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Gumbo

The potting material in your garden that can heat your home

Adding a salt to vermiculite enables it to store vast amounts of heat for months

A mineral used by gardeners for potting plants could be used to heat homes in the winter using the power of the summer sun, scientists have discovered.

When a type of salt is added, vermiculite, which is normally used to pot cactus and similar plants, takes on an extraordinary property.

Blow warm air over it — breathing will do — and it dries out. But if you then expose it to cold, damp air, it absorbs the water and releases heat.

Dubbed “magic beans” by researchers at Swansea University, the material can be used to store heat energy for months in this way.

A fridge-freezer-sized box of it could be used to provide effective heating for a domestic house for potentially months during the winter.

A trial is already underway at a building on the Tata steelworks plant at Port Talbot.

It is used in conjunction with simple solar thermal panels made from a sheet of metal that intensify the heat from the sun.

Professor David Worsley, an engineer at the university, said: “In the summer, we’ve got this massive amount of hot air collected by solar thermal collectors.

“We wanted to make a material you could put heat into and save it for the winter.”

While he was not involved in its invention, Professor Worsley and others at Swansea are working out how to incorporate it into buildings.

“You drive hot air over it, it drives all the water off and in the winter all you do is introduce cold damp air. It absorbs the water and releases energy,” he said.

“It will keep the heat until you put some damp air on it — so you can time-shift solar energy from the summer into the winter. We are really excited by this.”

The two ingredients, vermiculite and calcium chloride, are both cheap — the expensive part in terms would come from installing the system to pipe the heat around the building.

The material, called interseasonal heat storage, is being developed as a way to store energy by Tata Steel, supported by the Swansea University-led SPECIFIC team.

Source : http://www.independent.co.uk/news/science/heating-vermiculite-potting-plants-heat-storage-summer-sun-winter-swansea-a7234406.html

:idea:

Gumbo.

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Wow. Is this true, could be good if it is.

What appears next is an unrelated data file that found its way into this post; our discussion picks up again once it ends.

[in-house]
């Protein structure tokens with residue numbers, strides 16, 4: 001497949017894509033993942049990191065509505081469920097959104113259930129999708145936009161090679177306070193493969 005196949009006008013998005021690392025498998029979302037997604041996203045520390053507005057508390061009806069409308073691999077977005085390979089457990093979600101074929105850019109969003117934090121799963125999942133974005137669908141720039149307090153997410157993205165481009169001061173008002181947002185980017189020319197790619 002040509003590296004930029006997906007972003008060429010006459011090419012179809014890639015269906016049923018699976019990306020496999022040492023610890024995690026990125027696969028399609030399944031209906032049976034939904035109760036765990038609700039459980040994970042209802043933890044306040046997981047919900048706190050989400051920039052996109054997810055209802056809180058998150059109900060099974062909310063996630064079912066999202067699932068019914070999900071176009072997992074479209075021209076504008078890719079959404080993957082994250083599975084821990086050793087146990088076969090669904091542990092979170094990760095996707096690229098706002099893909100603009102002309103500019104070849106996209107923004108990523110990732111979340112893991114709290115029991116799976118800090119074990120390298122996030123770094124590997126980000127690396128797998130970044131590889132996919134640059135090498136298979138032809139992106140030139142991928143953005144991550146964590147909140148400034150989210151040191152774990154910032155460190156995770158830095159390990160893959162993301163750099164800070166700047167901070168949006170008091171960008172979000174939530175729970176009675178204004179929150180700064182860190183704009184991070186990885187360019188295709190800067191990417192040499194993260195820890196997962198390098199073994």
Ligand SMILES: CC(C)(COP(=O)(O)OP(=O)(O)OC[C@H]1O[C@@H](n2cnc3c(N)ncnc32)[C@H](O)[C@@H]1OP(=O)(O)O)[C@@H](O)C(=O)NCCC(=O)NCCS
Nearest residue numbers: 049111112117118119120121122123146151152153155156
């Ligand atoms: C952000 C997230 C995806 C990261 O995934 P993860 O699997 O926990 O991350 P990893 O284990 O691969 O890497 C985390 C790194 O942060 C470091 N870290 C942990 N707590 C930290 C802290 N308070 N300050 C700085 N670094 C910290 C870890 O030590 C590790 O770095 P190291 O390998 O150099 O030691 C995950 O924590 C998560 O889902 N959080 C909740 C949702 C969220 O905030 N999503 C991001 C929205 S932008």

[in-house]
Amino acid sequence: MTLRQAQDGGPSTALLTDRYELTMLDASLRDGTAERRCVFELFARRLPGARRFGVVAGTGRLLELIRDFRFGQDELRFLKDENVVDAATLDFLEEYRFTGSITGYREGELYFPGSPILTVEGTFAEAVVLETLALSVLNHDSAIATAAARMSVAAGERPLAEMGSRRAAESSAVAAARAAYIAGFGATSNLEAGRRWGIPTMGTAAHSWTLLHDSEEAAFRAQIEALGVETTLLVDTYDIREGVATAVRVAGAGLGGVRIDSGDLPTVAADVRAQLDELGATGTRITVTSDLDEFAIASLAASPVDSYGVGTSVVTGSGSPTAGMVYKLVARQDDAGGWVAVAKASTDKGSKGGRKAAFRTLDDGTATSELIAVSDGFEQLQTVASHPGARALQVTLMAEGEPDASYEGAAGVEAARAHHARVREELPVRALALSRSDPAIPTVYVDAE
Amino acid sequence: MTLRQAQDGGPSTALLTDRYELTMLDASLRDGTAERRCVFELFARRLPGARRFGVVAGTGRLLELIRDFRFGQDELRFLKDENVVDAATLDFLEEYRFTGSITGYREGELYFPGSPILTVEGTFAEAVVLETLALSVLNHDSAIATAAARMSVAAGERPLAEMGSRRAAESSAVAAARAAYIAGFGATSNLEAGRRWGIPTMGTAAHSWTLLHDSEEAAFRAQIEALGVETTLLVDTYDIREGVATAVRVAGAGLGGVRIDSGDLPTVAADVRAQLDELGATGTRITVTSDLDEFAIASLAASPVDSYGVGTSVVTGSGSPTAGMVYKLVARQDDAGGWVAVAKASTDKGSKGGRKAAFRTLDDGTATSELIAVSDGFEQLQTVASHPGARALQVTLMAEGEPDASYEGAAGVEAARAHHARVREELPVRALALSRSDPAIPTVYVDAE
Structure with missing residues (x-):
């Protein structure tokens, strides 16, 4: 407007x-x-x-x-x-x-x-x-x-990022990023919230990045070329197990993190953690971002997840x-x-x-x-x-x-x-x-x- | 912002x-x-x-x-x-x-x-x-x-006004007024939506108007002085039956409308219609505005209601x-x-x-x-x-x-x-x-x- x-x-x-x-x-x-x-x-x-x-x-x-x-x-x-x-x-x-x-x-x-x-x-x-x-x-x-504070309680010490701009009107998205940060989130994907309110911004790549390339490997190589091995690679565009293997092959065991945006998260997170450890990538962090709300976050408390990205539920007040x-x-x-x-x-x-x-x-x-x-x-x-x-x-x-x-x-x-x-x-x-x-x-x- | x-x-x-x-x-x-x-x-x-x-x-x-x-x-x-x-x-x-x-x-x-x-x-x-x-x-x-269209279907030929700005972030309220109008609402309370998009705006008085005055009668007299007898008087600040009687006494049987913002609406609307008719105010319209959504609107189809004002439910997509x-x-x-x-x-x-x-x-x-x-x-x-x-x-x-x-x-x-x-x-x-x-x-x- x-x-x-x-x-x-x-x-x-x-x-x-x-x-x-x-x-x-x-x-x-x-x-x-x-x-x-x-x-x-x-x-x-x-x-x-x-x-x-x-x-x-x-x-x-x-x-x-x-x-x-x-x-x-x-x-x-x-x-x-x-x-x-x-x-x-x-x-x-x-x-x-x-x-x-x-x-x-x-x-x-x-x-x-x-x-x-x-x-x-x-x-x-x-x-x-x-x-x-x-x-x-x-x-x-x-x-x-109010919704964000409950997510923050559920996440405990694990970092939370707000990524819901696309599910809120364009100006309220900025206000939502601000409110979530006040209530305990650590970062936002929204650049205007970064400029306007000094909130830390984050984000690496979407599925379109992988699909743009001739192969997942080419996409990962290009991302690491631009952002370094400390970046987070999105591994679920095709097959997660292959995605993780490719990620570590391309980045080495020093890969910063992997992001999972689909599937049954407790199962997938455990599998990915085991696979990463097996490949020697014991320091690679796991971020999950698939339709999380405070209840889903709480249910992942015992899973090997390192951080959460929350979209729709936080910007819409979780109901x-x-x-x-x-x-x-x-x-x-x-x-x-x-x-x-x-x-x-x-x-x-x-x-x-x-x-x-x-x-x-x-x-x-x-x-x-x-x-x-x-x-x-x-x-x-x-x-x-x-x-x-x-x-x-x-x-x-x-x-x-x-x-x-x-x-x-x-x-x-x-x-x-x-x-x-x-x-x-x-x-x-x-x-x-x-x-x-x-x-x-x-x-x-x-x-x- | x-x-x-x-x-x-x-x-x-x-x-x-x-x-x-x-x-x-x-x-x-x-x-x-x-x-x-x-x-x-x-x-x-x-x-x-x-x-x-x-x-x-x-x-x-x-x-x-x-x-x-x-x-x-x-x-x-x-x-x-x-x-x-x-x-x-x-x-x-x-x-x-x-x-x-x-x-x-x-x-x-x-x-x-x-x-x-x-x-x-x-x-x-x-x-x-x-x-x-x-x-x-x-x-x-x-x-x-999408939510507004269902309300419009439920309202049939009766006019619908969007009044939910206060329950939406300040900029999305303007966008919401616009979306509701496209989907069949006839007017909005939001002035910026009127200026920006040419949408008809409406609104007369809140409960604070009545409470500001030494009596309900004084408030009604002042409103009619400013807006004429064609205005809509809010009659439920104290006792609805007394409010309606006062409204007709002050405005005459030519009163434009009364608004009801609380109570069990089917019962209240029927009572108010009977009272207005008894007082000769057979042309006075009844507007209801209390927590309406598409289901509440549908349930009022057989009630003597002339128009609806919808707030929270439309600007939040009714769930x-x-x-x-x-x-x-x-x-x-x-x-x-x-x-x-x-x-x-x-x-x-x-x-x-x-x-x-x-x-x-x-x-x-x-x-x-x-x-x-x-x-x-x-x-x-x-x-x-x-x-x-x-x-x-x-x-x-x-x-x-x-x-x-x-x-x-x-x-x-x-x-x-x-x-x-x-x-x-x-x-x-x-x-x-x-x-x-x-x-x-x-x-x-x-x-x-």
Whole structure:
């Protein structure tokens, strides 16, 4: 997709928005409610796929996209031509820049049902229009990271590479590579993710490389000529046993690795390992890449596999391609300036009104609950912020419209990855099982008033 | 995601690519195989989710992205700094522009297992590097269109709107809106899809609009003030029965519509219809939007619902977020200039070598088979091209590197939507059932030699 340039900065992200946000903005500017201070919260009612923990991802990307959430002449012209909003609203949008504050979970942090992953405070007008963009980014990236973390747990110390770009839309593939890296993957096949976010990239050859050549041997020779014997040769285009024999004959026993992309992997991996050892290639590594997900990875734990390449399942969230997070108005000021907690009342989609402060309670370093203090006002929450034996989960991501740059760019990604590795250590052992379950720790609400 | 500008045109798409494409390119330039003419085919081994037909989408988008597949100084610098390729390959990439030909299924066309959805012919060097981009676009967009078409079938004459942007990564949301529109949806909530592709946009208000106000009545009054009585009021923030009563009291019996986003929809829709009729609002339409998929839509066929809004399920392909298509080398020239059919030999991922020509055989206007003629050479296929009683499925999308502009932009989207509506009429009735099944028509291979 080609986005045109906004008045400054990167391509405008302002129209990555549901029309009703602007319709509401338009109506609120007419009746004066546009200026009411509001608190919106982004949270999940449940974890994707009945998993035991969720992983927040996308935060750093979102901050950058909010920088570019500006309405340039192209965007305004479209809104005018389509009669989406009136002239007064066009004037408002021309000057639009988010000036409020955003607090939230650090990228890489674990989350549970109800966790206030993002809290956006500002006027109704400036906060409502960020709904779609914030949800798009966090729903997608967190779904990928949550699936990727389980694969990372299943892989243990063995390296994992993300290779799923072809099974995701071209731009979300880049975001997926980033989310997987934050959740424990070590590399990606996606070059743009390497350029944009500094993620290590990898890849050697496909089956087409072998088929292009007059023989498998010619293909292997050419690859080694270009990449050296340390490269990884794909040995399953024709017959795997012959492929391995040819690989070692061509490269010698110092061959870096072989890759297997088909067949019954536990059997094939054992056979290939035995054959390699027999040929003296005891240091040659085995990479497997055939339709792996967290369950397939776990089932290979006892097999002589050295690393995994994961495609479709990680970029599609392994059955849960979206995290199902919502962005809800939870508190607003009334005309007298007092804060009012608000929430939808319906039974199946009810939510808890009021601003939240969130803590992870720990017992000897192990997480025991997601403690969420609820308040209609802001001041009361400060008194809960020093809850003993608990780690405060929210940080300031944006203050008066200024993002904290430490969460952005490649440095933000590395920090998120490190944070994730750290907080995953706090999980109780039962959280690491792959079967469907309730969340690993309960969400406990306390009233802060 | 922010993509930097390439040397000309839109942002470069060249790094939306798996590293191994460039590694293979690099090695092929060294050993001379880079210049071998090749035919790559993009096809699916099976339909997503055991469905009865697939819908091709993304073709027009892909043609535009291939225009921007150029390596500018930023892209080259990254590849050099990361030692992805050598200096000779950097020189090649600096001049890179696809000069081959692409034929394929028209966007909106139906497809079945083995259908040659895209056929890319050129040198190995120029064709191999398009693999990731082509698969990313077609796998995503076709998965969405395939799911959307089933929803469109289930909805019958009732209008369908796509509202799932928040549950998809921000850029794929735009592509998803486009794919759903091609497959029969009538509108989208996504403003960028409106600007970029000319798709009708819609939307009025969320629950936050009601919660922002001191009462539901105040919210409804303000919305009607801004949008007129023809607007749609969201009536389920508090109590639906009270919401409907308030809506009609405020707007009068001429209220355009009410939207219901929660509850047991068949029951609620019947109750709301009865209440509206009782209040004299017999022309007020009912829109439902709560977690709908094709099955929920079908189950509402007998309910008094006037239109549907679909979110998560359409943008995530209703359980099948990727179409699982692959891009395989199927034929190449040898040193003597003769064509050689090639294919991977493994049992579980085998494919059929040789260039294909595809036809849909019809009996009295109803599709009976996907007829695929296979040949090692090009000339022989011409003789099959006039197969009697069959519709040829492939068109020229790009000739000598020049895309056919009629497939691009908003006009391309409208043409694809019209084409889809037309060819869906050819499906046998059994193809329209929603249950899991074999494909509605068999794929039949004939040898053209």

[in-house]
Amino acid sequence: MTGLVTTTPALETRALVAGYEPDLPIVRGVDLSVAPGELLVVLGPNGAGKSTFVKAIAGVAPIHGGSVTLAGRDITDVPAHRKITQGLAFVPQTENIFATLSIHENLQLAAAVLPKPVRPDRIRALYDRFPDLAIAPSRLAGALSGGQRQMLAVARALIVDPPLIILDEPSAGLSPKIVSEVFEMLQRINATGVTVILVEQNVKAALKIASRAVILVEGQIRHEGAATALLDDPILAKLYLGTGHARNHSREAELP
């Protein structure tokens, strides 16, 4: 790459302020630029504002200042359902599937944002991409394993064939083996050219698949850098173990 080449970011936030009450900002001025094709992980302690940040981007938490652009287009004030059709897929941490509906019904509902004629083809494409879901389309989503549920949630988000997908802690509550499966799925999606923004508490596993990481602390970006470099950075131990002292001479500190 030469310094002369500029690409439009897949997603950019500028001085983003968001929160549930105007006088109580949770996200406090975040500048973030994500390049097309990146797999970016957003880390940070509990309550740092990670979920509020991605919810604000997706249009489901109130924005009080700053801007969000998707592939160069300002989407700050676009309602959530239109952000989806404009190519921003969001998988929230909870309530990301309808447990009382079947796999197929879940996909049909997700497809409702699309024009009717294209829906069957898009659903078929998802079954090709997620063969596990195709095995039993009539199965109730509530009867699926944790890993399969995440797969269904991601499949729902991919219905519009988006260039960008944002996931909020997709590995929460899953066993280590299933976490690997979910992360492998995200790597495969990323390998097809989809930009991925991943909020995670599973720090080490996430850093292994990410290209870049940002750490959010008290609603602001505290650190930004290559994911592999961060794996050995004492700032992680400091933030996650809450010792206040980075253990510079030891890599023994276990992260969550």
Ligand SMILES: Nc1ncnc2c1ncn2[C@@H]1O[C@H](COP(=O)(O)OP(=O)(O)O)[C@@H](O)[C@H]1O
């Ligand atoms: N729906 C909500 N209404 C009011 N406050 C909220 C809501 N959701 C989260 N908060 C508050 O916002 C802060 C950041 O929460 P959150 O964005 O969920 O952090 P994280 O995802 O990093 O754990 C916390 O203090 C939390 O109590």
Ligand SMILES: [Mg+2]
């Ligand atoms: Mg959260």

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yeah Vermiculite dust what could possibly go wrong there

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Just sprinkled some salt on the cats litter tray, load o bollocks just makes the cat shit taste better.

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lol

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the only thing that makes the vermiculite special here is its capacity for holding water?

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@@swam_pi

Looks that way.The process is based on the work of Russian scientist,Yuri Aristov.The vermiculite stops the delequesence of the Calcium Chloride in the system,that is,to stop it going into solution from the water it absorbs from the atmosphere.

Don't know much about it to be fair,just read a few of the comments under the article,but a google search on 'Vermiculite CaCl2 Aristov' returns a few papers on the subject so it seems legit.

:hippy:

Gumbo.

E2A tag

Edited by Gumbo
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this is pretty cool, excuse the pun, could a solid block of vermiculite be made that still performs this function and is also safe around people inhaling air?

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This has some great potential for heating grooms eh Gumbo ;)

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this is pretty cool, excuse the pun, could a solid block of vermiculite be made that still performs this function and is also safe around people inhaling air?

I'm unsure on that but instead you could just enclose it to make it safe perhaps.

This has some great potential for heating grooms eh Gumbo ;)

Yeah I wondered if that was a possibility.They have been writing papers on this for some time now,so I'm quite surprised no potting shed inventors have worked with this.

:smokin:

Gumbo.

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@@Gumbo

I suppose it depends on what kind of heat this material would re produce mate and what kind of losses are calculated due to entropy.

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@@botanics

I think the science behind it must be quite complex involving thermodynamics and such so I'm sure entropy must be a factor but I confess I haven't fully tried to read or understand all the papers on it to date.

:smokin:

Gumbo.

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how would one turn the heating down,would it not be a constant temp?

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how would one turn the heating down,would it not be a constant temp?

Blow warm air over it — breathing will do — and it dries out. But if you then expose it to cold, damp air, it absorbs the water and releases heat.

something in there, it only releases the heat when exposed to cold and damp. id have to play about with it.

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